Es6 Fat Arrow

es6

ES6 offers the "fat arrow" syntax to reduce the amount of characters that we 
have to type in order to define a function.  This makes the code less verbose 
and more concise.  Consider:

items.forEach(function(x) {
  console.log(x);
  incrementedItems.push(x+1);
}

This can be rewritten using the "fat arrow syntax" as:

items.forEach((x) => {
  console.log(x);
  incrementedItems.push(x+1);
});

Functions that contain only a single expression and return its value can be 
defined even simpler:

incrementedItems = items.map((x) => x + 1);

In the above code incrementedItems is not a function.  It is just an array that 
holds the result of the .map function.  The map function takes a function as a 
parameter, and this function was defined using the "fat arrow" syntax.  The 
above code is equivalent to:

incrementedItems = items.map(function(x) {
  return x + 1;
});

The one with the fat arrow syntax is more compact, concise, takes less typing, 
and is less verbose.

The is one important difference between the "fat arrow" syntax and its 
traditional equivalence.  The "fat arrow" function share the value of the this 
keyword with the function in the context which it was defined.  In other words,
using the "fat arrow" syntax, we do not have to create a local variable named 
'that' and assign the value of the this keyword to this variable.

Consider:

class LoginFormController {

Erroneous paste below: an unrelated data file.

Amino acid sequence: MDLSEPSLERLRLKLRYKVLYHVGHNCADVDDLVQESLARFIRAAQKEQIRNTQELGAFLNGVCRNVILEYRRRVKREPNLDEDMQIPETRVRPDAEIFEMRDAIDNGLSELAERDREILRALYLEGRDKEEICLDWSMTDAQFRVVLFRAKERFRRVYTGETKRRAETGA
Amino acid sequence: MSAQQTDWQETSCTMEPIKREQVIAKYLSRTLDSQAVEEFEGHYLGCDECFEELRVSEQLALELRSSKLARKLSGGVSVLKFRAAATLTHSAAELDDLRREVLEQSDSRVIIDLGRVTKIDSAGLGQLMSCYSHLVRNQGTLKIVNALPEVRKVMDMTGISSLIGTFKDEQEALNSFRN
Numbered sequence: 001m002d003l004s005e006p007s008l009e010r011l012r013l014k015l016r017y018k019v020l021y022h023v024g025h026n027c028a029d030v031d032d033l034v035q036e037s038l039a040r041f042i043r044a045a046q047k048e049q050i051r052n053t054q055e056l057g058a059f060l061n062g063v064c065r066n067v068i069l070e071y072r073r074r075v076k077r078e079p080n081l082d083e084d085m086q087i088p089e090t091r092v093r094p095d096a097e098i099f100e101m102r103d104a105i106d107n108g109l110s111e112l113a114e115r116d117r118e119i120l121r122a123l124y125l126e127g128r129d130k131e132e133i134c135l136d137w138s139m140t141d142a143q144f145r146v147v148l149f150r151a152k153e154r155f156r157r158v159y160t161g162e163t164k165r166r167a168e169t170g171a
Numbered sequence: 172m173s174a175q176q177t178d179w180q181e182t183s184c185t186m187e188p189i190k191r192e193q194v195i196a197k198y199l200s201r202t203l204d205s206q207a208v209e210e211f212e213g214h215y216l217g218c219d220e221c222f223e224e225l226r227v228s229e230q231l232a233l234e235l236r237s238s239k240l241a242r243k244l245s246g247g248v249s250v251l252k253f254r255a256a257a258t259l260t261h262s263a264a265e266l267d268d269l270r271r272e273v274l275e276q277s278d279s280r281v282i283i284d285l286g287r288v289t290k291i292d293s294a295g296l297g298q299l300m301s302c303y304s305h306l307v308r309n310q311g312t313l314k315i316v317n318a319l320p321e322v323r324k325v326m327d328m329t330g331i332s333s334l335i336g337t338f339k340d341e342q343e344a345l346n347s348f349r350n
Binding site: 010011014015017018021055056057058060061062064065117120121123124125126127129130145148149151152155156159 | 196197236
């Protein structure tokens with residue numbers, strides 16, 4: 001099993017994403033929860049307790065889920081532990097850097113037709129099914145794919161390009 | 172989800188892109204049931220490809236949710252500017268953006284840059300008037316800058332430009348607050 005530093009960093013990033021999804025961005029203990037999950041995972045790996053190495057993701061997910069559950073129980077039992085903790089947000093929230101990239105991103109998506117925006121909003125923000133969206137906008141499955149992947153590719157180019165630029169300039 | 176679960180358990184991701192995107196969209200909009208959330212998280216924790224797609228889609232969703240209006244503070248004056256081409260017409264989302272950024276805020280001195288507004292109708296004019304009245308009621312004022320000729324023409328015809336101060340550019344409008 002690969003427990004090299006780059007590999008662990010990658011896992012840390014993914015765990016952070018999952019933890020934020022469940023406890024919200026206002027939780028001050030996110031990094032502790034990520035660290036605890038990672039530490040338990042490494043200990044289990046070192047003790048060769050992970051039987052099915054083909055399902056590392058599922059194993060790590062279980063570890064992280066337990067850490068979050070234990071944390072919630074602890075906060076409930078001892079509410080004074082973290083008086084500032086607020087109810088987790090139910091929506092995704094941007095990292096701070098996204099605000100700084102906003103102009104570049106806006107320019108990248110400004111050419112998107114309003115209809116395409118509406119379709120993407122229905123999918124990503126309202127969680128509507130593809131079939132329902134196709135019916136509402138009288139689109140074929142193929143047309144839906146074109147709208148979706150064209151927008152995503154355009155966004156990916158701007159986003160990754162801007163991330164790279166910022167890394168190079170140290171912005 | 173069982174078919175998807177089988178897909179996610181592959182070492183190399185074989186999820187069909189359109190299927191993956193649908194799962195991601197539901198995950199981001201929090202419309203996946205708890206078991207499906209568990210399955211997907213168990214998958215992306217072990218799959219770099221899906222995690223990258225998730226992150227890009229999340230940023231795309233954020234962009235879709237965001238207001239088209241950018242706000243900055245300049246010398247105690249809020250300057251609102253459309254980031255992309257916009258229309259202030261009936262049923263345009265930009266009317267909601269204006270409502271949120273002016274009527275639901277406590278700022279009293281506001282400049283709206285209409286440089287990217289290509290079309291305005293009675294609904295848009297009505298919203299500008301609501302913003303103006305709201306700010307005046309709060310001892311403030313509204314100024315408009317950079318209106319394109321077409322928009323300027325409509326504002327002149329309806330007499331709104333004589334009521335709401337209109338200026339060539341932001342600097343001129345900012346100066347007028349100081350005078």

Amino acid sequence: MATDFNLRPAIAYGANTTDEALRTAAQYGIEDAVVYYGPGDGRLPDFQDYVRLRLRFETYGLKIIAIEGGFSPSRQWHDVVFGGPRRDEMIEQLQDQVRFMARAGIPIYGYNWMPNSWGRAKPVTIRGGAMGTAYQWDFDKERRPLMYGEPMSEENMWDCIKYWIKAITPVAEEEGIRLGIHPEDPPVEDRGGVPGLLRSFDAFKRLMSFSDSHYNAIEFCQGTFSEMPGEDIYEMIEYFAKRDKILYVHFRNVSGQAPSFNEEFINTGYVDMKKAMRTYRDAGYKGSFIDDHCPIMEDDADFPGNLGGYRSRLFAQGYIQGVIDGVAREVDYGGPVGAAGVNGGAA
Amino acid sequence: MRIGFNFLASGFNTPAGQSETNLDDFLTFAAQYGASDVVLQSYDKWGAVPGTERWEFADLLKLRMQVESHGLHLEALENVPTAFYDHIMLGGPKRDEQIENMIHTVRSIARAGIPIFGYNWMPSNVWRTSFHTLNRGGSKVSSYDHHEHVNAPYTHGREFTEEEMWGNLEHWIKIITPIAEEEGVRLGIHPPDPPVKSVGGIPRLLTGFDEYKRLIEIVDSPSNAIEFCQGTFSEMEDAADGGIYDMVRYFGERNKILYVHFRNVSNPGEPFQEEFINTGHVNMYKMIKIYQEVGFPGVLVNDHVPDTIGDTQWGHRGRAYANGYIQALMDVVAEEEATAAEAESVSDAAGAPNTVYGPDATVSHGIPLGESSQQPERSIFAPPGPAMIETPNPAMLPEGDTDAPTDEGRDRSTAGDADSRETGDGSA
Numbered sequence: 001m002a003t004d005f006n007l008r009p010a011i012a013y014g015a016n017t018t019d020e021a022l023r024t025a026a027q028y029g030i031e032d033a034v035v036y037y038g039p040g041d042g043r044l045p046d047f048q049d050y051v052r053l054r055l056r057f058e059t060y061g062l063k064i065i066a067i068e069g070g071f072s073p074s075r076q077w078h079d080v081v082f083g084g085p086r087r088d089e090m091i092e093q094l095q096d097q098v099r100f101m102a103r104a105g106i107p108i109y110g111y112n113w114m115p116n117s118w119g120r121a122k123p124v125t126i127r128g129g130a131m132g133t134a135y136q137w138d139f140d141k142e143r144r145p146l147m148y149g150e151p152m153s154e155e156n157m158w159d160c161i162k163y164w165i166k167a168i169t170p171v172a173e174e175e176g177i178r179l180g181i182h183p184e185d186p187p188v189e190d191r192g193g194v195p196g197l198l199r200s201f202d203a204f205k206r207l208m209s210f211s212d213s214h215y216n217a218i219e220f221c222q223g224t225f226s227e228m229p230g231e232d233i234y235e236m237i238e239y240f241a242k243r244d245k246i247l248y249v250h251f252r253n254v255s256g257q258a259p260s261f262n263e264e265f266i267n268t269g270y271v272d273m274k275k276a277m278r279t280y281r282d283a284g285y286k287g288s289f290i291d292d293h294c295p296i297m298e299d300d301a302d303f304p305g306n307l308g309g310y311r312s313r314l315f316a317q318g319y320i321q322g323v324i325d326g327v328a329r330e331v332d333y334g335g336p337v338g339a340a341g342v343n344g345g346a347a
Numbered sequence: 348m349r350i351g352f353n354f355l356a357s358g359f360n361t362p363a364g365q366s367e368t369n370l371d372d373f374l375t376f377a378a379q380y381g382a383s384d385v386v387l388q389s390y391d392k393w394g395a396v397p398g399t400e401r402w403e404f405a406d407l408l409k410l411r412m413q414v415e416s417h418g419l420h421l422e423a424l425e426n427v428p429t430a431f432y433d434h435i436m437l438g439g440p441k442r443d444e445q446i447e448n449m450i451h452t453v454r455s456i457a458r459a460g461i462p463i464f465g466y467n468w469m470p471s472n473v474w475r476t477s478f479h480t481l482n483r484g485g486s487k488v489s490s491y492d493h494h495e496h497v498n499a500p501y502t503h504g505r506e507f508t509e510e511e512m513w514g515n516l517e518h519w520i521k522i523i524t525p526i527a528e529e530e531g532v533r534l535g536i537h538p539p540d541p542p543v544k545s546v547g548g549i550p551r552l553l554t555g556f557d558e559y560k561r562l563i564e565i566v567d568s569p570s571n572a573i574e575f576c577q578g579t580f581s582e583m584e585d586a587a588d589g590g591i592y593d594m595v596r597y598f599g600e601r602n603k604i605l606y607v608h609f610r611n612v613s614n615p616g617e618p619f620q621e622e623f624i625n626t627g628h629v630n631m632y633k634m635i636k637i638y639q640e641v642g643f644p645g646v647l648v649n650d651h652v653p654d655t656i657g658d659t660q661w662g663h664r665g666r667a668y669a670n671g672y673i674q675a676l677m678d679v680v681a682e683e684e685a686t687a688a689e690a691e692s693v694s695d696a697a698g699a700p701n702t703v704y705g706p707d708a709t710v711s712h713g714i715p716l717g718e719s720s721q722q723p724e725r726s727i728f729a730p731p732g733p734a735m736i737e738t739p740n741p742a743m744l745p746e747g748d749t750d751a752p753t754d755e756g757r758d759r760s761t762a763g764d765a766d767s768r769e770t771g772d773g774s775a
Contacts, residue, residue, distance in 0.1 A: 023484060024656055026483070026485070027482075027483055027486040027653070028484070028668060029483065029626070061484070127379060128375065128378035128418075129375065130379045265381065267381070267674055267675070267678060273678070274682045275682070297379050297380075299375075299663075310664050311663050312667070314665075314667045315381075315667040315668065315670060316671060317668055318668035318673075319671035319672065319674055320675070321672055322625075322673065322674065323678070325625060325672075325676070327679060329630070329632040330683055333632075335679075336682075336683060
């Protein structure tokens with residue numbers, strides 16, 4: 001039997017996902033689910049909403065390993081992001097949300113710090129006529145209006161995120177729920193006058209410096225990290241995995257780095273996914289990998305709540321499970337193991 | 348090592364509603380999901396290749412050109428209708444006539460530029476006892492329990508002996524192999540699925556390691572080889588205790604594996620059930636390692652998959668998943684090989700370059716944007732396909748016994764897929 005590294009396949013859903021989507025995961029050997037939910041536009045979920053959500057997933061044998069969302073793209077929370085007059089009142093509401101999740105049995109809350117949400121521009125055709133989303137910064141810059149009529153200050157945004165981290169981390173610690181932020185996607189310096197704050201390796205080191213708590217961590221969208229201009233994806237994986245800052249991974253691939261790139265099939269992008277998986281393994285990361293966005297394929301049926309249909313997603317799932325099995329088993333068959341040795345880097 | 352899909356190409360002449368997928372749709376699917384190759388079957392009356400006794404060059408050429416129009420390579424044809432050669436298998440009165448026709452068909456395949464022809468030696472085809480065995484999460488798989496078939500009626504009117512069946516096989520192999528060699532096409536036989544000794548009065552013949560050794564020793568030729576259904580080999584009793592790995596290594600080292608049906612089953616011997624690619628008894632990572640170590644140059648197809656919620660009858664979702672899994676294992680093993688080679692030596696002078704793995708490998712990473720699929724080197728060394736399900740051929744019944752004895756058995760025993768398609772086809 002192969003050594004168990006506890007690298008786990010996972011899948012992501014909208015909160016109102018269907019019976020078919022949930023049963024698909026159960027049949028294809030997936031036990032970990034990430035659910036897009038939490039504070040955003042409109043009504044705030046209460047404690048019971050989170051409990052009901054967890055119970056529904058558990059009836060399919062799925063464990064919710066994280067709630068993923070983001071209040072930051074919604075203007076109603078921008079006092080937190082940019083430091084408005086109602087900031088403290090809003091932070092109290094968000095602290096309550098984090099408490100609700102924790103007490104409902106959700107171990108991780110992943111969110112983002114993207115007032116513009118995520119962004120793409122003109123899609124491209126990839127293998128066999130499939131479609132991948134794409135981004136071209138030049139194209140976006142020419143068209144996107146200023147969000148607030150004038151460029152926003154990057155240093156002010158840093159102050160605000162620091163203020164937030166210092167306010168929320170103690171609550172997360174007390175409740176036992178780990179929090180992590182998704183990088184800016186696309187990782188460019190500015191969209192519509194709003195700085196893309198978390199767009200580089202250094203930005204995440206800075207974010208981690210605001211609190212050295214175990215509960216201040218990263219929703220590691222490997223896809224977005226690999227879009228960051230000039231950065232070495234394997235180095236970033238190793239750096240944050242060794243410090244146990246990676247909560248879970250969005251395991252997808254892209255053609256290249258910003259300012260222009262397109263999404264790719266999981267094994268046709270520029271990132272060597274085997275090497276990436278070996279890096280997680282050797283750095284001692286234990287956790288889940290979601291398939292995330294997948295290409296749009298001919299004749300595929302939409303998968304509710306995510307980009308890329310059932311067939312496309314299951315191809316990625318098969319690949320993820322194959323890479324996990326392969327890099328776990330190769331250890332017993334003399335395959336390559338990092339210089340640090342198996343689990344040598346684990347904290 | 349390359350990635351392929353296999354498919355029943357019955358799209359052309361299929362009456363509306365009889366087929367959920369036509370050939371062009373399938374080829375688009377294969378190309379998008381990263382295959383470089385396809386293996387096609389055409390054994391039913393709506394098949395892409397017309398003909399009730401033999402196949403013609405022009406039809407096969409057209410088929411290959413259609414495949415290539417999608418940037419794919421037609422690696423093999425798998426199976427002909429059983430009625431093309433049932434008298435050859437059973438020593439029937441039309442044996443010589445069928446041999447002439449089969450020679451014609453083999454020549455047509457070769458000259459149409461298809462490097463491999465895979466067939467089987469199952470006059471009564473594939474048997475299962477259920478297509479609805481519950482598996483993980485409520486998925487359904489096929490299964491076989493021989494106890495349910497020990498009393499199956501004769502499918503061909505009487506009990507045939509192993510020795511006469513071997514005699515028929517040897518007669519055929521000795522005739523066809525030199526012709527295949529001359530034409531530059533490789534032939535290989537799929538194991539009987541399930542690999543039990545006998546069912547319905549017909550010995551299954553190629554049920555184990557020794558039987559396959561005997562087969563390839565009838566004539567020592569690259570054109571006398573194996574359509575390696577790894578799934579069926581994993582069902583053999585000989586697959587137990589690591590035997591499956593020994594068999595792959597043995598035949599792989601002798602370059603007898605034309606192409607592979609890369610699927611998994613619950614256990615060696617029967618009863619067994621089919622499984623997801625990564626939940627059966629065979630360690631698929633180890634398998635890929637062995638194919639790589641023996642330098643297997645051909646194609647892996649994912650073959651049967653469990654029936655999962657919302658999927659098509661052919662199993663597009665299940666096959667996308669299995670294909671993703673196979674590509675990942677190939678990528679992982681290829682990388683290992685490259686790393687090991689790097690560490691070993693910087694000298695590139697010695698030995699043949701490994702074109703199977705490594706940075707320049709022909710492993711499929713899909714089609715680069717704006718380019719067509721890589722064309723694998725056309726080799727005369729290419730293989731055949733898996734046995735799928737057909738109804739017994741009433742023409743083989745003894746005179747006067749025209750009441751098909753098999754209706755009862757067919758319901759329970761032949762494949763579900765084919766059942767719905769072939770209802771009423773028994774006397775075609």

constructor() {
    this.errorMessage = 'All good';
  }
  submit() {
    [1, 2].forEach(function() {
      console.log(this.errorMessage); // this is undefined here.
    });
  }
}

In the above code, if 'use strict' is in effect, this is undefined.  If 'use 
strict' is not used, this may refer to the global object.  This is because the 
this keyword is used inside an anonymous function, which depend on whether it 
is invoked using the dot operator or not, the this keyword may reference a 
different object.

Now, change the method to use the fat arrow function:

class LoginFormController {
  constructor() {
    this.errorMessage = 'All good';
  }

  submit() {
    [1, 2].forEach(() => console.log(this.errorMessage));
  }
}

In the above code, the "fat arrow" syntax guarantee that the this keyword inside 
the fat arrow function is always the same as the outer function "submit".

Here is another example of this problem.  Consider:

var jack = {
  name: 'jack',
  friends: ['james', 'steve'],
  printFriends: function() {
    this.friends.forEach(function(f) {
      console.log(this.name, 'knows', f);
    });
  }
};
jack.printFriends();

The above code produces:

undefined knows james
undefined knows steve

but the intention of the above code is to print:

jack knows james
jack knows steve

The problem has to do with the rules of what this function's scope is when it 
is invoked.  In this case, the function that we passed to the forEach method 
is invoked such that its scope is not the jack object as we expect, but it is 
instead the global object.

The fat arrow solve this issue for us.  We can rewrite the above code using the 
fat arrow:

var jack = {
  name: 'jack',
  friends: ['james', 'steve'],
  printFriends: function() {
    this.friends.forEach((f) => {
      console.log(this.name, 'knows', f);
    });
  }
}

Now we get:

jack knows james
jack knows steve

Another use case where the fat arrow is useful.  Consider this code:

var jack = {
  name: 'jack',
  get: function() {
    $.getJSON(url, function() {
      console.log(this.name);
    });
  }
};
jack.get();

When the above code is run, it logs undefined because when the callback function 
is called, its scope is the global object.  To solve this issue:

var jack = {
  name: 'jack',
  get: function() {
    $.getJSON(url, (d) => {
      console.log(this.name, d);
    });
  }
};
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